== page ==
As Yolo County — and the city of Davis — strive to highlight their appeal as travel destinations, they’ve been spurred by pent-up demand from those who’ve delayed travel for much of the pandemic.
According to Terry Selk, Executive Director of Visit Yolo, “Until about two months ago, the intent and demand for domestic travel was exploding.
“In fact,” he told two Davis City Council members at a meeting last week, “many destinations were reporting much higher visitor traffic…and occupancy than even before. COVID, before 2019”.
But high gas prices and interest rates, along with inflation, are starting to have an impact.
“There’s a reduction in some of that demand and intent,” Selk said. “Demand and intent to travel over the next two months has fallen six to eight points. Demand and intent to travel in the fall is holding up, but if these factors persist, if prices for gasoline (remain high) and inflation and interest rates, this could start to erode further.
On the positive side, Selk said that in the last week of May, he had 31 international travel vendors in Yolo County for four days and “their introduction to Yolo County was like a breath of fresh air. costs.
“Most had never been here and in fact many had never been to the Sacramento area and they were very excited about what we had to show them in terms of authenticity and tourism experience. agricultural, less congestion, easy access, affordable price.”
He saw many of those customers again a week later at a major travel show, and they continued to rave about how they had found a “replacement for Napa Valley” in Yolo County.
“They were tired of sending customers to a pretentious, expensive, less fulfilling destination and were looking for something more authentic. So we certainly caught their attention there.
Additionally, Selk said they were pleased with the geographically accessible nature of the region and its location between two major travel destinations, which is increasingly what people want when traveling.
“We are hearing more and more that customers don’t want to go to the big cities and if they do, they don’t want to stay there very long. They’re more inclined to go to places they’ve never heard of or visited before, so I walked away from this big international show that I went to — and I’ve been doing this show for 33 years — and I will tell you that the business meetings I had were the most genuinely interested and dialogue-enriching I have ever had in my 33 years at this show.
“I feel like we have the right product at the right time in terms of how the world has changed its travel interests. I think we are in a very good position to capitalize on this spike in interest and really start to see movement.
One thing to keep in mind, he told Gloria Partida and Dan Carson — the two Davis City Council members who serve on a joint city/Visit Yolo committee — is that fears about crime deter people. people to go to certain places.
“It seems like every week there’s some kind of shooting or theft or crime issue and it seems to be more visible,” Selk said.
“People become much more sensitive to which destinations they choose to travel to based on their premise for the crime and…if they have traveled somewhere and had some sort of negative engagement or encounter with a sans -shelter or a homeless environment, then that destination becomes less attractive to them for future travel.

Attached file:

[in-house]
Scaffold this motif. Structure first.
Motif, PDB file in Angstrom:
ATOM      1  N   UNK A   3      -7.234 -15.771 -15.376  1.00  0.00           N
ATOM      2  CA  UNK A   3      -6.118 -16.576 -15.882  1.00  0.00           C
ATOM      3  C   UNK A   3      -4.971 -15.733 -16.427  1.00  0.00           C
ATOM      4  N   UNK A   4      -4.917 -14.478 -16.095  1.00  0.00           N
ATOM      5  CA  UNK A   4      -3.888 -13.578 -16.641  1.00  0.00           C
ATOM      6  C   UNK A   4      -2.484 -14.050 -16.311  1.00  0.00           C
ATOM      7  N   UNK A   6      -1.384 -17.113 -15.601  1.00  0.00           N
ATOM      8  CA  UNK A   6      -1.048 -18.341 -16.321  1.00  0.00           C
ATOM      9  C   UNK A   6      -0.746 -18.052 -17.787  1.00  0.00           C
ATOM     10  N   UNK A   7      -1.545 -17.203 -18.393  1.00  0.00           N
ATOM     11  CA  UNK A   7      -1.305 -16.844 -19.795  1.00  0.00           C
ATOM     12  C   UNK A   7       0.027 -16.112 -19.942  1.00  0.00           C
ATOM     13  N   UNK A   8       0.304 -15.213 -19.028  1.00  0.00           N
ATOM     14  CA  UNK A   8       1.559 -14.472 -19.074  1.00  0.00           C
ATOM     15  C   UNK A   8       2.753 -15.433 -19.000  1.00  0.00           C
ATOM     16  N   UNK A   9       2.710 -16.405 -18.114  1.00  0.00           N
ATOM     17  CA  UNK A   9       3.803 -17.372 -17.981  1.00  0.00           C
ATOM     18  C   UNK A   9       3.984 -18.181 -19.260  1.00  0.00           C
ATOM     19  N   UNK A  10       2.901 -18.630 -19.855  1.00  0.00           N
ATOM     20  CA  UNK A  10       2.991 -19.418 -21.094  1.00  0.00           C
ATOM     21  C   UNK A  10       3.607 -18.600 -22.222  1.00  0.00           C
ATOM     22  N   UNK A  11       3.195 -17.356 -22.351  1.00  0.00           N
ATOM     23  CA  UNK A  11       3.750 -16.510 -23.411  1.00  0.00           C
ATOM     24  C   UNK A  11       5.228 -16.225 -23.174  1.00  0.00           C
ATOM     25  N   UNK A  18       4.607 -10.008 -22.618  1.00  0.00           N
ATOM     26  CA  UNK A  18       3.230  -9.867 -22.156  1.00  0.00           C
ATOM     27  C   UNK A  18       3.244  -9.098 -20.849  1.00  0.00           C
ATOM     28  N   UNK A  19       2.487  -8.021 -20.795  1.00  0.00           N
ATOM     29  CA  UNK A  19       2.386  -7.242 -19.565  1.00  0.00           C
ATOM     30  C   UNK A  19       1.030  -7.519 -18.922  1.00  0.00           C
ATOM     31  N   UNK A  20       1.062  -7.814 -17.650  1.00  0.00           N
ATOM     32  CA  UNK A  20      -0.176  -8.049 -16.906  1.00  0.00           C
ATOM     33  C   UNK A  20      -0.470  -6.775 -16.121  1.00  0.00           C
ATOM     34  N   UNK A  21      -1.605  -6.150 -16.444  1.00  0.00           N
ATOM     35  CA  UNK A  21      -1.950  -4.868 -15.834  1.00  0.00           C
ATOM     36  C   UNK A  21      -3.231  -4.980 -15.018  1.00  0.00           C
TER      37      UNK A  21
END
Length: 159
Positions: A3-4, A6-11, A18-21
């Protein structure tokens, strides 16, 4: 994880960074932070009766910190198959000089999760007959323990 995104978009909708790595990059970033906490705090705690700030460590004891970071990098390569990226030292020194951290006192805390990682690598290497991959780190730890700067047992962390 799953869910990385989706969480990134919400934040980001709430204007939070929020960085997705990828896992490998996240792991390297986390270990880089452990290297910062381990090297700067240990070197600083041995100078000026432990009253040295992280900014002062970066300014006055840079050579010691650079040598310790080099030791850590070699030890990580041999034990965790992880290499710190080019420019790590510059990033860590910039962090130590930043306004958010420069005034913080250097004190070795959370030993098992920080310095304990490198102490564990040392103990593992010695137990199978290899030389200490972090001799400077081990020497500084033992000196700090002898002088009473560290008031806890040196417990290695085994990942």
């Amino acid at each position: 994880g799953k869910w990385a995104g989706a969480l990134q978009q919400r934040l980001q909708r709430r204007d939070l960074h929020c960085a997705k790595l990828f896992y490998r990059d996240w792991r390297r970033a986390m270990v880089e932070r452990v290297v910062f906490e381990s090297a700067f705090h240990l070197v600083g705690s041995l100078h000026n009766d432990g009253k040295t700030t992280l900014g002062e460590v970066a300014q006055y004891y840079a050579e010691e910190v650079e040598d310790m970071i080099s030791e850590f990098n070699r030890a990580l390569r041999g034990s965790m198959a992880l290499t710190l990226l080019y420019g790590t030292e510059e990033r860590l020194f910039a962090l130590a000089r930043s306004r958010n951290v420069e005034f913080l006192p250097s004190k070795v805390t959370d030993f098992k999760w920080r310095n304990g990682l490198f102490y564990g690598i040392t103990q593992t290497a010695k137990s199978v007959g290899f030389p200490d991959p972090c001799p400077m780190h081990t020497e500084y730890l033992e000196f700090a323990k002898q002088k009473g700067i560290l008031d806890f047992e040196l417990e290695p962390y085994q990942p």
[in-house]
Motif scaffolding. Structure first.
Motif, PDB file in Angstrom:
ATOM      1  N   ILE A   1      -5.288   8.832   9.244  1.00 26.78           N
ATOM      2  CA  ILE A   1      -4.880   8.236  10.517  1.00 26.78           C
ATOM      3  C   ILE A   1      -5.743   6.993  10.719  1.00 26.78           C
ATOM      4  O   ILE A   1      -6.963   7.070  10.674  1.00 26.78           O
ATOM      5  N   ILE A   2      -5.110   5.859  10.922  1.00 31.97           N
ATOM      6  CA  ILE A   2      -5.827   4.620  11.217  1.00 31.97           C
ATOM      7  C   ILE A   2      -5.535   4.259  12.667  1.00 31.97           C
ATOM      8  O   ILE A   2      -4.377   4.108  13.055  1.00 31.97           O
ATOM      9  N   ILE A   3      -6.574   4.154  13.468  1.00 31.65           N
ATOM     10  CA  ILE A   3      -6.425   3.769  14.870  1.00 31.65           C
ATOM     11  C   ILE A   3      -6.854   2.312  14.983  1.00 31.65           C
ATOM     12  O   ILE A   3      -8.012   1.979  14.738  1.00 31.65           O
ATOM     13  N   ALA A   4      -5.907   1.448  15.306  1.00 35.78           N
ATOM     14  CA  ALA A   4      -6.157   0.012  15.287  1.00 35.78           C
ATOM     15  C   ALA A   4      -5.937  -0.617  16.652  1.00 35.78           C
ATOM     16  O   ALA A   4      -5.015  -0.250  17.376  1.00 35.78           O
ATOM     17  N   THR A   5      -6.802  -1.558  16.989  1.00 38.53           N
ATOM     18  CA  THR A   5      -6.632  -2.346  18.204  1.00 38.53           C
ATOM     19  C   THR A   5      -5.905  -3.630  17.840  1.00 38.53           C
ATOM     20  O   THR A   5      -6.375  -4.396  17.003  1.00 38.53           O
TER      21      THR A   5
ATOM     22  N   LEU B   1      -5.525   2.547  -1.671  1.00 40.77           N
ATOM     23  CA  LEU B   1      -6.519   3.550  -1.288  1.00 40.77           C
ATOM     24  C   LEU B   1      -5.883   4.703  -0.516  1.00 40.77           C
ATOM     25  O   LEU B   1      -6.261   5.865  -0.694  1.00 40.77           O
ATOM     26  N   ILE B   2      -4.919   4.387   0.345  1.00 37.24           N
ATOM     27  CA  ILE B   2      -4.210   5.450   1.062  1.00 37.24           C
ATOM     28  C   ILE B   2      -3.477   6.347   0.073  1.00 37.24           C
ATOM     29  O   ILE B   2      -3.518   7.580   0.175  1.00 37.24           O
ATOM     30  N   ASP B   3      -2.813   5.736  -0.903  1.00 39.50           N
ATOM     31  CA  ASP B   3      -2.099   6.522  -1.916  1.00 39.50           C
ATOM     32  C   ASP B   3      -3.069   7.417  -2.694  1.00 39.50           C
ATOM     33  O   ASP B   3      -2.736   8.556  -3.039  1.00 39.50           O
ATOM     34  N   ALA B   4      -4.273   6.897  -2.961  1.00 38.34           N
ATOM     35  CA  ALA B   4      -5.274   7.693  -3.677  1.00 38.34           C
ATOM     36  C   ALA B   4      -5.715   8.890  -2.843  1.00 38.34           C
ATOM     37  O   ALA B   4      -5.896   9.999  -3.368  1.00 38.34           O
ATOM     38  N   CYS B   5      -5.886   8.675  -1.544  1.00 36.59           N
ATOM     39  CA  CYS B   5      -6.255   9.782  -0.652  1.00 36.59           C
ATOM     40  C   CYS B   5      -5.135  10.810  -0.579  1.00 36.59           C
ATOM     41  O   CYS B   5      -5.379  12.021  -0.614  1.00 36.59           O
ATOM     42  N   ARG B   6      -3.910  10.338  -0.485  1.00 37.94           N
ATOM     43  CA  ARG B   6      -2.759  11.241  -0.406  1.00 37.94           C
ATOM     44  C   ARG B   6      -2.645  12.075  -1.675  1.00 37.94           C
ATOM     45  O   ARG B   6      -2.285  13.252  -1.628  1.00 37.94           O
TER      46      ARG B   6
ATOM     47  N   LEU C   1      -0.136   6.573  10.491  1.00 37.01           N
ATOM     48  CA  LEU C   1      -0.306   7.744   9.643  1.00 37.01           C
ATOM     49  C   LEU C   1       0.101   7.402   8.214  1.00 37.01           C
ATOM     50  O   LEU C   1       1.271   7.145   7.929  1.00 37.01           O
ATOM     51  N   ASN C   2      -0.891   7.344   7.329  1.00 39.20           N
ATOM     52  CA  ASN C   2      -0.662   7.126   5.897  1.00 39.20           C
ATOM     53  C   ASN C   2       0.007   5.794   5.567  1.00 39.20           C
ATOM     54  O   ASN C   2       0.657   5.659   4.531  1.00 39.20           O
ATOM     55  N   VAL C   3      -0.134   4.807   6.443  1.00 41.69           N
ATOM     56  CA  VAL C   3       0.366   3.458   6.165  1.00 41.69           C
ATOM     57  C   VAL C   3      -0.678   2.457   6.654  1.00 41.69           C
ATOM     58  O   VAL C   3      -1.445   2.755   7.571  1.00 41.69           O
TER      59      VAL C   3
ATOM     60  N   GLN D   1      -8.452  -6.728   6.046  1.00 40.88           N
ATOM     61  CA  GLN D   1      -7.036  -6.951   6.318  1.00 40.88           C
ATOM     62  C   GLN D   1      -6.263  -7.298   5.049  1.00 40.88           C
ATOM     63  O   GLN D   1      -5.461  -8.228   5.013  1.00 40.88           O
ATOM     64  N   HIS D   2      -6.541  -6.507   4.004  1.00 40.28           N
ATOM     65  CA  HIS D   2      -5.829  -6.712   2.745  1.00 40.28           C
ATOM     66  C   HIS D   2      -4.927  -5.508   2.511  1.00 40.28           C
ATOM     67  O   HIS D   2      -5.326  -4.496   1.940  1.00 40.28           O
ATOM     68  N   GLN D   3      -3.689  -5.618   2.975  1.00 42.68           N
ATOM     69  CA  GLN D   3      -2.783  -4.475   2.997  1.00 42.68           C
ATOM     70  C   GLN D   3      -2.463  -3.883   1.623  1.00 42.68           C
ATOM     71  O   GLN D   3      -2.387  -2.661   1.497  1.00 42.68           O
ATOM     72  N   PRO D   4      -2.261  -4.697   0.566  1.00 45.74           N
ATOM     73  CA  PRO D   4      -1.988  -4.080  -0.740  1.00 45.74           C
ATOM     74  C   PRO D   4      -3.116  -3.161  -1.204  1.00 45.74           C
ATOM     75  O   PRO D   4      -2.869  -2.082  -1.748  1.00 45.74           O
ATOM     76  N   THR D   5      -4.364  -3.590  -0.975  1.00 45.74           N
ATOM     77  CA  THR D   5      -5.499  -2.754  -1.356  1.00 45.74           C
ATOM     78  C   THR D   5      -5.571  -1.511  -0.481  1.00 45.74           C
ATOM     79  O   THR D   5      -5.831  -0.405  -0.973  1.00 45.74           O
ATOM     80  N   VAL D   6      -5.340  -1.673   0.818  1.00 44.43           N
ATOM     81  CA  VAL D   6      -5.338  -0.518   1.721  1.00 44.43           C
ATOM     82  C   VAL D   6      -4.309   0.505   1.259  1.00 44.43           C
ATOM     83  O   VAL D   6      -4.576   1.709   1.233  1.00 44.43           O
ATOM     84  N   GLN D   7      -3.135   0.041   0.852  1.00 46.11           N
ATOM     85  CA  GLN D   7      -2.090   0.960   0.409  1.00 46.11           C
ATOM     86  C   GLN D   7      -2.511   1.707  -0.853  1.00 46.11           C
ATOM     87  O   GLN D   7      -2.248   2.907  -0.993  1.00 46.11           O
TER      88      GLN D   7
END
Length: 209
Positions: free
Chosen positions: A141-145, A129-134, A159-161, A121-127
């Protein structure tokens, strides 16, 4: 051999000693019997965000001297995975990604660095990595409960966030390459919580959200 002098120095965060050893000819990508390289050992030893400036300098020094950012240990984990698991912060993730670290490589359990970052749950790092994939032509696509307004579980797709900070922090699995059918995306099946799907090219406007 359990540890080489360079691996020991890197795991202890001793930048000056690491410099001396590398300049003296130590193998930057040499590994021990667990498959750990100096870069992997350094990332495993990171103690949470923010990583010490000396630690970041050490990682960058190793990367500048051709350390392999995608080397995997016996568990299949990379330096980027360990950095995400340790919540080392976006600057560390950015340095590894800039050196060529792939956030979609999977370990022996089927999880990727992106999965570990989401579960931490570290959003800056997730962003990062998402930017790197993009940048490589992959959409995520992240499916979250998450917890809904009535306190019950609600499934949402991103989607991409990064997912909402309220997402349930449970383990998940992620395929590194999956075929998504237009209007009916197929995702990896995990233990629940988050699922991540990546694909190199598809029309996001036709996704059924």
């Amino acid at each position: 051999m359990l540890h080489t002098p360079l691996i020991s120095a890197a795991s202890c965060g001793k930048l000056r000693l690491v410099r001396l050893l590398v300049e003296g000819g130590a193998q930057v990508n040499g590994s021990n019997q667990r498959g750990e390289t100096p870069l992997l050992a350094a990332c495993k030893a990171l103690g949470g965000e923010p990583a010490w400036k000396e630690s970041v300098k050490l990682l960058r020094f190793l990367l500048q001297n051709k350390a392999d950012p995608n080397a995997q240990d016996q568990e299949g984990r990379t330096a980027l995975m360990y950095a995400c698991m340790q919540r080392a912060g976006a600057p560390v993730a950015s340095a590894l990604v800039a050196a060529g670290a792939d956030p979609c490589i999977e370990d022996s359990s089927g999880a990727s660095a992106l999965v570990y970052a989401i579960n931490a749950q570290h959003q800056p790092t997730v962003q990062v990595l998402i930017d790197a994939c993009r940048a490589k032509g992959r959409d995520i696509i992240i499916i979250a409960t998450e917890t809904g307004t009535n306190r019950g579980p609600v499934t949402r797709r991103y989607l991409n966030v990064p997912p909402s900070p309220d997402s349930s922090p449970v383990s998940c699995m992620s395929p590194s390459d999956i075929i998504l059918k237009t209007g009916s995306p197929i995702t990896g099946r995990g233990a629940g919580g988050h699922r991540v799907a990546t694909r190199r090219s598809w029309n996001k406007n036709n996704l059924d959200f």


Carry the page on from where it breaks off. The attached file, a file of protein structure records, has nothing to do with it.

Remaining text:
“This crime that the nation knows about,” Selk said, “certainly has a subliminal economic impact on things like travel. People want to travel where they’re going to feel safe or comfortable walking the streets or being in certain areas…so that’s something that we always have to consciously think about – what message does our destination convey through the level of crime, the type of crime?”
He cited the city of San Francisco as an example.
“Conventions and conferences are refusing to return to the city because of some of the things that have happened to their conference attendees or people are reluctant to drive their cars in public spaces in San Francisco because they are being robbed. So it’s something that we don’t always think about, but it’s certainly an important part of the matrix that supports the journey to a destination.
Carson noted that the city recently surveyed residents — not visitors as Selk was talking about — “and (crime) became the number three issue people mentioned…although we asked our police chief to tell us. report.
“We’re curious because the crime numbers year over year don’t line up with that and one possible explanation is… there’s this national discussion and debate and we know national discussions have a impact on local opinions. But there may be more to this… We don’t want to take these concerns lightly at all.
Partida told Selk, “I hear what you’re saying about the impact that the perception of security has on the places people visit.”
She described an encounter in San Francisco last week where a homeless man ventured into a store she had just walked into.
“And a security guard (guard) came in behind the homeless man and asked the store owner if everything was ok and the homeless man left the store right away and I just noticed…how it got an impact on my experience. So I definitely felt safer. While I don’t mind as long as homeless people are in my space, it was interesting to notice how this interaction made me feel.
For more information on Visit Yolo and its activities, visit http://visityolo.com.
— Contact Anne Ternus-Bellamy at firstname.lastname@example.org. Follow her on Twitter at @ATernusBellamy.
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